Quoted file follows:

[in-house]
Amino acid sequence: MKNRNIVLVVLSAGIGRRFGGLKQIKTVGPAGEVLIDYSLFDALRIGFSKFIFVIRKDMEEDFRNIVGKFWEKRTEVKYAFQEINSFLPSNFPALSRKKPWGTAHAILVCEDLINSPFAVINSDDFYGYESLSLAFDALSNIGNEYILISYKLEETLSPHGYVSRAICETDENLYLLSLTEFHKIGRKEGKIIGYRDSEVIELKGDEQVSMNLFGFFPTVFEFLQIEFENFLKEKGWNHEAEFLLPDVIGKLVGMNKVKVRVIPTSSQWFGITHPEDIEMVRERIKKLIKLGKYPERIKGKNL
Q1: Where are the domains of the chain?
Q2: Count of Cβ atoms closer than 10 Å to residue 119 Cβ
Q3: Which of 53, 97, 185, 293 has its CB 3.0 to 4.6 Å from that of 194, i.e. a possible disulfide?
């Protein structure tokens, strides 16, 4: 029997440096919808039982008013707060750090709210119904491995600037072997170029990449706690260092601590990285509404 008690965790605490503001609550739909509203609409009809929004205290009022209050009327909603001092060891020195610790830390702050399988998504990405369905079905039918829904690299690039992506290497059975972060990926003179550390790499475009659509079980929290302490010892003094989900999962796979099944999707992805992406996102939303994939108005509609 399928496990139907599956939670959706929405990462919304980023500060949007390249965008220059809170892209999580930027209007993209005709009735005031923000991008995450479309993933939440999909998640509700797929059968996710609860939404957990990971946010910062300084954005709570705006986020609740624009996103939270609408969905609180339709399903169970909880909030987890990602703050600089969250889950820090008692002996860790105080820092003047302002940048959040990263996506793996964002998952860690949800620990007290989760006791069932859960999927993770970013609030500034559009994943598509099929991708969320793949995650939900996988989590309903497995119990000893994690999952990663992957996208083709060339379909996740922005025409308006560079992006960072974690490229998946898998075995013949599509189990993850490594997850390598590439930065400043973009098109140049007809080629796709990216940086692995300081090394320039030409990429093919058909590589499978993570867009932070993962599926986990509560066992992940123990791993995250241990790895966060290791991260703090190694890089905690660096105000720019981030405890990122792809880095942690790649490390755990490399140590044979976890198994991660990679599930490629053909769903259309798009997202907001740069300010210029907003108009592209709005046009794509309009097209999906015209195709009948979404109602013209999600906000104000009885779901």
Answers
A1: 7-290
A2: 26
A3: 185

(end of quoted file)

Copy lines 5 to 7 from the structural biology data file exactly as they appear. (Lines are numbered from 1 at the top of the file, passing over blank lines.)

Q3: Which of 53, 97, 185, 293 has its CB 3.0 to 4.6 Å from that of 194, i.e. a possible disulfide?
């Protein structure tokens, strides 16, 4: 029997440096919808039982008013707060750090709210119904491995600037072997170029990449706690260092601590990285509404 008690965790605490503001609550739909509203609409009809929004205290009022209050009327909603001092060891020195610790830390702050399988998504990405369905079905039918829904690299690039992506290497059975972060990926003179550390790499475009659509079980929290302490010892003094989900999962796979099944999707992805992406996102939303994939108005509609 399928496990139907599956939670959706929405990462919304980023500060949007390249965008220059809170892209999580930027209007993209005709009735005031923000991008995450479309993933939440999909998640509700797929059968996710609860939404957990990971946010910062300084954005709570705006986020609740624009996103939270609408969905609180339709399903169970909880909030987890990602703050600089969250889950820090008692002996860790105080820092003047302002940048959040990263996506793996964002998952860690949800620990007290989760006791069932859960999927993770970013609030500034559009994943598509099929991708969320793949995650939900996988989590309903497995119990000893994690999952990663992957996208083709060339379909996740922005025409308006560079992006960072974690490229998946898998075995013949599509189990993850490594997850390598590439930065400043973009098109140049007809080629796709990216940086692995300081090394320039030409990429093919058909590589499978993570867009932070993962599926986990509560066992992940123990791993995250241990790895966060290791991260703090190694890089905690660096105000720019981030405890990122792809880095942690790649490390755990490399140590044979976890198994991660990679599930490629053909769903259309798009997202907001740069300010210029907003108009592209709005046009794509309009097209999906015209195709009948979404109602013209999600906000104000009885779901």
Answers